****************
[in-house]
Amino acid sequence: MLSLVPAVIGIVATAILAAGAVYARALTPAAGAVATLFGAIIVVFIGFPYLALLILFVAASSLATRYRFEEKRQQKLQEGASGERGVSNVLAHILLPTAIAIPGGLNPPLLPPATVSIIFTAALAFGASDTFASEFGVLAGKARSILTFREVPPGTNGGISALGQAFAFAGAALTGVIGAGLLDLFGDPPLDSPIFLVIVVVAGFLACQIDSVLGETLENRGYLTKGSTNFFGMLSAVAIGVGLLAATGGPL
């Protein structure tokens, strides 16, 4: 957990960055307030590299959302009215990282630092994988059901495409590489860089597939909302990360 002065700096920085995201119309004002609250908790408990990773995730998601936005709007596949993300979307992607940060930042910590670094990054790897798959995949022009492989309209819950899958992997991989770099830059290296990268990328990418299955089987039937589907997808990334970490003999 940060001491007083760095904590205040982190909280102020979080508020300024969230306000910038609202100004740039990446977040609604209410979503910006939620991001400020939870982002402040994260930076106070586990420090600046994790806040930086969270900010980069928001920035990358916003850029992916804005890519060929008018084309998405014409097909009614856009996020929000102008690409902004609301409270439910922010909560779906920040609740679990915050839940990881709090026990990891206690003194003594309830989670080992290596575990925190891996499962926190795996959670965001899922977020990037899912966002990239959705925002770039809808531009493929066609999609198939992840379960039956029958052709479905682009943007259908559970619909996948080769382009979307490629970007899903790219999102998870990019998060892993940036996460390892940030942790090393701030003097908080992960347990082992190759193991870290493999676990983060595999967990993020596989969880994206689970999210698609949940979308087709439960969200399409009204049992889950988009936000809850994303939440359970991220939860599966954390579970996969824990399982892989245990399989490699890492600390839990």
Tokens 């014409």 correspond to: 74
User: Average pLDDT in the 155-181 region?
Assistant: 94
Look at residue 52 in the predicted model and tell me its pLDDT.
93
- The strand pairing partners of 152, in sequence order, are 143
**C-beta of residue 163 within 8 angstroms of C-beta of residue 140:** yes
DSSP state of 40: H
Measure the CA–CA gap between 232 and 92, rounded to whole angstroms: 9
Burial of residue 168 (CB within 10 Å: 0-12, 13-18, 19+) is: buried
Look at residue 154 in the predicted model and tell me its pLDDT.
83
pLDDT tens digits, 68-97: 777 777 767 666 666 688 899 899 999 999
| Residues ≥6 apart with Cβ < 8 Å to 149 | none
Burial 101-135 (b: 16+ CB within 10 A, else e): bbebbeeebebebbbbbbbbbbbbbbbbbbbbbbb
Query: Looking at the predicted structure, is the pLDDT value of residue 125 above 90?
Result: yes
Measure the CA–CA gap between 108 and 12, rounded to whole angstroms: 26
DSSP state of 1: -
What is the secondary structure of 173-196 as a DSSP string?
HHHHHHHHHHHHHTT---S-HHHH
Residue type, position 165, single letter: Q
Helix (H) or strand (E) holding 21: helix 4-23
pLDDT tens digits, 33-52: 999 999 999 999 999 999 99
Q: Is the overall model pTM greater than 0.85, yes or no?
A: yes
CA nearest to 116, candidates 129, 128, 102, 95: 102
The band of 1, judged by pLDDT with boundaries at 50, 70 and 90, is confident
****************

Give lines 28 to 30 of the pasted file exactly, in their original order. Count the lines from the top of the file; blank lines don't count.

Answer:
Q: Is the overall model pTM greater than 0.85, yes or no?
A: yes
CA nearest to 116, candidates 129, 128, 102, 95: 102